European stocks climb on eve of expected eurozone rate cut

London   -   Europe’s equity markets climbed Wednesday with traders boosted on the eve of an expected interest-rate cut by the European Central Bank, but Asia slid on renewed US economic worries. London, Paris and Frankfurt rose, with the ECB forecast to start cutting eurozone borrowing costs from historic highs on Thursday, although sticky inflation means the move is unlikely to kickstart a rapidly easing cycle.

Falling interest rates tend to boost share prices because they cut loan costs for businesses and individuals, and so tend to stimulate investment, consumer spending and economic activity. Asian indices however declined as optimism that the US Federal Reserve would cut interest rates before the end of the year was eclipsed by resurfacing fears over the health of the world’s biggest economy. “Thursday’s ECB announcement is shaping up to be the main event this week,” said Matthew Ryan, head of market strategy at global financial services firm Ebury.

“We think that a first 25-basis-point cut remains essentially guaranteed,” he added. “We expect the ECB to maintain its data-dependent approach and await confirmation of the downtrend in inflation before committing to additional cuts. This could lead to a relatively muted response in financial markets.” Wall Street had pushed higher Tuesday, even as a below-forecast read on job openings indicated the labour market was showing signs of softening a day after a big downside miss on factory activity. That suggested a long-running period of high inflation and borrowing costs was taking its toll on the US economy. Job vacancies fell far more than expected in April, to below 8.1 million, which Briefing.com said was the lowest level since 2021.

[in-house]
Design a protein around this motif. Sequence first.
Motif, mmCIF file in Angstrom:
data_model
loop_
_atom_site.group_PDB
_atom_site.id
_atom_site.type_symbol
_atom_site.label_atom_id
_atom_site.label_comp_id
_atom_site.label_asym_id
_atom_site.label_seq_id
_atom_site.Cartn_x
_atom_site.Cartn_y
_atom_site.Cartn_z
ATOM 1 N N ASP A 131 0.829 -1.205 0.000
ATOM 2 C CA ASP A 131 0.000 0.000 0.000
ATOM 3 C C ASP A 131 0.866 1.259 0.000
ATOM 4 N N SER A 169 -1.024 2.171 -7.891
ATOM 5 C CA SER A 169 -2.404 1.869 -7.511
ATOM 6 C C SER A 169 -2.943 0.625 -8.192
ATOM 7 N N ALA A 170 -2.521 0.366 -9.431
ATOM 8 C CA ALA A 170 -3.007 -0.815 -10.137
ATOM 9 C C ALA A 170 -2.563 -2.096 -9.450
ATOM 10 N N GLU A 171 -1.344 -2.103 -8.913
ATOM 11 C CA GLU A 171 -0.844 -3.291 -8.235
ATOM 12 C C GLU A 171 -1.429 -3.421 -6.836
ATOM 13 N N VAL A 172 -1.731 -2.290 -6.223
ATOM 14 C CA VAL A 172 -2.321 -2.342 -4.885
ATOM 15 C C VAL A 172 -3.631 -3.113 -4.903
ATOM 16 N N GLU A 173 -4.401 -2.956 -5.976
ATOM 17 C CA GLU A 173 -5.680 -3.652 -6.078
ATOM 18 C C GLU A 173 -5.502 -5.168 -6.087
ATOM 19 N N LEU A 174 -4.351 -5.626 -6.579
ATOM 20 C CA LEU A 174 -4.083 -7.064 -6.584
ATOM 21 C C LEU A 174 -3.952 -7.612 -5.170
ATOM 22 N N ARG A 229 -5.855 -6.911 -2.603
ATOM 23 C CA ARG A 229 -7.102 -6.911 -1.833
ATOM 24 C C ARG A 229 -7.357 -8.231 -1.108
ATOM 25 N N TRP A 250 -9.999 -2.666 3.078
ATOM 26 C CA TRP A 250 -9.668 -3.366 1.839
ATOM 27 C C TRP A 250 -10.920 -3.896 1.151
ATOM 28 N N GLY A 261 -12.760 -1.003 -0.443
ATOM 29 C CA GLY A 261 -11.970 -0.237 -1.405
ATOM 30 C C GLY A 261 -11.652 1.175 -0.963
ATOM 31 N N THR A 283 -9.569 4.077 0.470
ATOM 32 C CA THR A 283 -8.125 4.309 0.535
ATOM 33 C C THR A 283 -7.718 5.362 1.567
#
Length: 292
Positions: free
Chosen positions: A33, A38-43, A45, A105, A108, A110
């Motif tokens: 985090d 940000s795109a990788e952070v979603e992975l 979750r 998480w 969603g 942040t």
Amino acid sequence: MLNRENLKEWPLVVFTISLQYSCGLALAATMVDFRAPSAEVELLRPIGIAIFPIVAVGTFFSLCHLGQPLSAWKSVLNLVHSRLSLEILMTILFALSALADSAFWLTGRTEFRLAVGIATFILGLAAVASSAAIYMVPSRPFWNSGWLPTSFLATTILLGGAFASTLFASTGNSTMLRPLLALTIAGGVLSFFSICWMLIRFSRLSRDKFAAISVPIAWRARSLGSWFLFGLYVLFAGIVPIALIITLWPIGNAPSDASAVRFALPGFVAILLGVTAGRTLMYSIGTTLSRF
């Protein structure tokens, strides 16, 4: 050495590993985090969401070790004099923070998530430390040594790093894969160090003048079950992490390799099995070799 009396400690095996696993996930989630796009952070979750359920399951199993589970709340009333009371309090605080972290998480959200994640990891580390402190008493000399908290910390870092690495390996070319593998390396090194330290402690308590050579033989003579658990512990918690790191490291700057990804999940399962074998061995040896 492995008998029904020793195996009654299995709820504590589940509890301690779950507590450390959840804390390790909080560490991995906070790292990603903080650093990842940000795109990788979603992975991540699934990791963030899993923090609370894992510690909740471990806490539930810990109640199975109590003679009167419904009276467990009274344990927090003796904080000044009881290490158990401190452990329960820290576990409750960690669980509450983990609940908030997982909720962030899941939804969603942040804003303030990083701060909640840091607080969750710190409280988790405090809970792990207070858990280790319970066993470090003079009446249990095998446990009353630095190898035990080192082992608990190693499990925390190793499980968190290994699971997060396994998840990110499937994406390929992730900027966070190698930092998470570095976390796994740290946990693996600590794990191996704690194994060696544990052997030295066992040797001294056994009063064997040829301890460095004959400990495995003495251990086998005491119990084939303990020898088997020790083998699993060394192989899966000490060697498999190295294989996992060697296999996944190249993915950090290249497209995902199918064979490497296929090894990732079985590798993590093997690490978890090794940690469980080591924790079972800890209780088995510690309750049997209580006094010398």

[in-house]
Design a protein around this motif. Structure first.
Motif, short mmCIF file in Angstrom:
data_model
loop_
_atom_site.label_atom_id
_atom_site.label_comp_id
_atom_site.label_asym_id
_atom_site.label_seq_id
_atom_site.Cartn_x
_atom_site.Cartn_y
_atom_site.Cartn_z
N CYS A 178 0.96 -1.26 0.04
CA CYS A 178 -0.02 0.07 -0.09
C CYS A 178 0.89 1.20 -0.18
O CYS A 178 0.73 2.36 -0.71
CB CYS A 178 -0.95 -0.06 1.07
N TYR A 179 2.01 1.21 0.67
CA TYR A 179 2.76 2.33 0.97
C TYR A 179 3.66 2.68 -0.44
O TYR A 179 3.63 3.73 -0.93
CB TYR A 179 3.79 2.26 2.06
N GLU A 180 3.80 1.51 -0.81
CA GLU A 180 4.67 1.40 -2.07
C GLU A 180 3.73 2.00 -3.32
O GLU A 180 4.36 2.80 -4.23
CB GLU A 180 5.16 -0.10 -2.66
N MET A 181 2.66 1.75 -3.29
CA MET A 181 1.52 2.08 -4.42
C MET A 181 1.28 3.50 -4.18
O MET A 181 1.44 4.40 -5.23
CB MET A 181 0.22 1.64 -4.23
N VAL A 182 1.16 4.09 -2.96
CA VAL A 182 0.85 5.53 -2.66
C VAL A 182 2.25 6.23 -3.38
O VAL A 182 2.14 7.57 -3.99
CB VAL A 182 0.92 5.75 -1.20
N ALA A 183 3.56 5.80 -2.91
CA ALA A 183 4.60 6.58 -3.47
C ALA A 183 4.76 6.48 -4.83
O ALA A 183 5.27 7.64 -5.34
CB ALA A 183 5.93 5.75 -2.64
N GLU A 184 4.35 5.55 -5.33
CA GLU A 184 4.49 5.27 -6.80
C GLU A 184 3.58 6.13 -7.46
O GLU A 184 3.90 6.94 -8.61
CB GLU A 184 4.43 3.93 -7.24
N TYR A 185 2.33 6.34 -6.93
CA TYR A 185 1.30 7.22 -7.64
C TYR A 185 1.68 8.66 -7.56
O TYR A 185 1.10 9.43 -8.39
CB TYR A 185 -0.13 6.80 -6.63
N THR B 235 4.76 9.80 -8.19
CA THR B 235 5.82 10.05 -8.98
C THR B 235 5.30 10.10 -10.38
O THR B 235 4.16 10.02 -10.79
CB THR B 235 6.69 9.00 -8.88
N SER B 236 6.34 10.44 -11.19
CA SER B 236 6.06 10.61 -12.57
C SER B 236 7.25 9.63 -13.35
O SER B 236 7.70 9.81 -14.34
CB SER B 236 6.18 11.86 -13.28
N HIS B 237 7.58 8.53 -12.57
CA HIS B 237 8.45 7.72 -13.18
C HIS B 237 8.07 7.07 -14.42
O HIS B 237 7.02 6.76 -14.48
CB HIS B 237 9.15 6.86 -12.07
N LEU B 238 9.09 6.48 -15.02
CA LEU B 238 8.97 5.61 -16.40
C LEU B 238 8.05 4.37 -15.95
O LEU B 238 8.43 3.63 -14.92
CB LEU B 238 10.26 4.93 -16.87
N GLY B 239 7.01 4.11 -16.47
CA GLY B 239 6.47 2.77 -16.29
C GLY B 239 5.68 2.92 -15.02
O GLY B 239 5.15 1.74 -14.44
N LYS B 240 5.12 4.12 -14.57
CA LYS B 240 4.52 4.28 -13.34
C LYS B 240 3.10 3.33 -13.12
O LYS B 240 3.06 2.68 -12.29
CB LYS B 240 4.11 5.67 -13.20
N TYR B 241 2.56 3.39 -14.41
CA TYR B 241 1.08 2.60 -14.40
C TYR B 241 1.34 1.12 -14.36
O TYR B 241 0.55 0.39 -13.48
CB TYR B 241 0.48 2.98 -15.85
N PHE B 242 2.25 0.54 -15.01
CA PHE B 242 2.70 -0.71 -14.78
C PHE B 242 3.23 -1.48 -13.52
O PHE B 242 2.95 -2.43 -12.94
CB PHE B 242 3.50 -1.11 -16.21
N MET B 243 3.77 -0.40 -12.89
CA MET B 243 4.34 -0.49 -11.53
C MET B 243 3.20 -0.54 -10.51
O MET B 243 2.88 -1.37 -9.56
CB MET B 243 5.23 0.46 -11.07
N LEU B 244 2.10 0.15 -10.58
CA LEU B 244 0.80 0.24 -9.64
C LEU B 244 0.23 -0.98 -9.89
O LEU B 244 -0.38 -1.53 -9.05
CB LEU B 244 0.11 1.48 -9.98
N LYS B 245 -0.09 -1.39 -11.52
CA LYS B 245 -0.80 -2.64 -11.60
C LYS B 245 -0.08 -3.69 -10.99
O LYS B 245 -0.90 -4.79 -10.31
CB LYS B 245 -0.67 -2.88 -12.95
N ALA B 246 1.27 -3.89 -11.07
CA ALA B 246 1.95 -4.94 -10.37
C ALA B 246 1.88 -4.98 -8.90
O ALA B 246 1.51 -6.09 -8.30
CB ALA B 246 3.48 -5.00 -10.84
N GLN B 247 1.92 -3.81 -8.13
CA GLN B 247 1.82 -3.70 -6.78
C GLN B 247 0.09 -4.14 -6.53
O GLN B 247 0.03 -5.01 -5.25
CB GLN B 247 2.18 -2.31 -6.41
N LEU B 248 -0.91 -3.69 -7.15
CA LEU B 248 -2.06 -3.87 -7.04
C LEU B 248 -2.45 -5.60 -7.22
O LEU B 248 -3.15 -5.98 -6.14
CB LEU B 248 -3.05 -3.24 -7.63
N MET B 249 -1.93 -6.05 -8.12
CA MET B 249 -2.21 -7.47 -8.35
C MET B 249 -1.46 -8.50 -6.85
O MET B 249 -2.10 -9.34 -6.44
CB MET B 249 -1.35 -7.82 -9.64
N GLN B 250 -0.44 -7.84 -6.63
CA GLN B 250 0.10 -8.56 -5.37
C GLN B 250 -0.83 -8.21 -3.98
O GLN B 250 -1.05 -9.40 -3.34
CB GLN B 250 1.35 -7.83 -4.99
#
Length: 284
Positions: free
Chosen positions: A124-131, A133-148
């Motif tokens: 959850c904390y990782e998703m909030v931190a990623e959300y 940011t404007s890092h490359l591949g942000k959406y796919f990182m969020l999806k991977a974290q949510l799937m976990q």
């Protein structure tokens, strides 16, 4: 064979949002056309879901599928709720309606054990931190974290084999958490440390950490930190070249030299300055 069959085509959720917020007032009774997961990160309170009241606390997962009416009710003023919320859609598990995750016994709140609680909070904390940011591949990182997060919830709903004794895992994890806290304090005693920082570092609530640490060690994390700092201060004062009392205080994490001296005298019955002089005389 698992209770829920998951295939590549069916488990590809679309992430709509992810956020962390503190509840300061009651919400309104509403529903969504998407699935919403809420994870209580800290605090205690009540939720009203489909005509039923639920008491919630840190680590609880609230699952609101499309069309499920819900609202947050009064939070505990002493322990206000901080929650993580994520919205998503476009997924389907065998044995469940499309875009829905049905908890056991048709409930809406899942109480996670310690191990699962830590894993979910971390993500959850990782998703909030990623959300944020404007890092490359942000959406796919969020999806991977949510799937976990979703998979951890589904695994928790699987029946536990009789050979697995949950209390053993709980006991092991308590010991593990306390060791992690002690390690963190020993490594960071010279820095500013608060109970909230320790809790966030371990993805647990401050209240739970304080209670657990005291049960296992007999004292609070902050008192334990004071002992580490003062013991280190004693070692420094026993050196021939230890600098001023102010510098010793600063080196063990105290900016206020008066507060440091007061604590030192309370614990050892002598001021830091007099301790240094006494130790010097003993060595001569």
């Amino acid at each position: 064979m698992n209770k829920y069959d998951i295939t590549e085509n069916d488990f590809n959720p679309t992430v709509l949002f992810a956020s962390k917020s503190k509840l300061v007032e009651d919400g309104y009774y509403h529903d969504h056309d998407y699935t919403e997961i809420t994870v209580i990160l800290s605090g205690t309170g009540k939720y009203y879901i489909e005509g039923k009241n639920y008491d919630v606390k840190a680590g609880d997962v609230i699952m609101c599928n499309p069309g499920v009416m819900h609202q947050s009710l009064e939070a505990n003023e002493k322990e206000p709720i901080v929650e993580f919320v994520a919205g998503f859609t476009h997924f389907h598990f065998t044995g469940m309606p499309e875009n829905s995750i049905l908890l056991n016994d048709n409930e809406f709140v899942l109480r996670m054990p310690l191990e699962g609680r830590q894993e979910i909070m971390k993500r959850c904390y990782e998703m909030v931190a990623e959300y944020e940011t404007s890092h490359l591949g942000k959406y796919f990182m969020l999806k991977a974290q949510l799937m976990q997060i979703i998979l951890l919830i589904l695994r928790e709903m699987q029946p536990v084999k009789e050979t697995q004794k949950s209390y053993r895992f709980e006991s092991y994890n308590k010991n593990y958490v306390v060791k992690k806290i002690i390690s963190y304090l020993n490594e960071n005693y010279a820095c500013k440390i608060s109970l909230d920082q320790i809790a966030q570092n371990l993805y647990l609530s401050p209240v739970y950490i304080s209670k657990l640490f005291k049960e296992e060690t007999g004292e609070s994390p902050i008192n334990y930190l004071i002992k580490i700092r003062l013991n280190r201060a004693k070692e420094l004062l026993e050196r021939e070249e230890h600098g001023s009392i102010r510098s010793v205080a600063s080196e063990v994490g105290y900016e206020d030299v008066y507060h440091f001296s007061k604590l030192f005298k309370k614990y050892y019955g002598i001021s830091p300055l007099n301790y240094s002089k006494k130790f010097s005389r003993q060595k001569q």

The figures come ahead of closely watched non-farm payrolls figures due Friday, which will provide a much clearer snapshot for the US central bank ahead of its policy decision next week. Readings below forecasts have for some time been taken as a positive, because they were seen as pointing to an economy still in rude health but slowing enough to give the Fed room to start cutting rates — known as a “Goldilocks” situation.

Bets on a Fed rate cut before the end of the year have picked up, with some eyeing September as the lift-off point. In Asia, Mumbai stocks rose more than two percent after tanking Tuesday when it appeared that India’s Prime Minister Narendra Modi would not win as big an election victory as expected. Exit polls Monday suggested he was on course for a landslide, but as votes were counted it emerged that he had lost his majority and would have to rule with a coalition. Oil prices rose Wednesday after recent hefty losses, as investors continue to digest the OPEC+ alliance of major crude producers’ decision to begin winding back output cuts from October and through next year.

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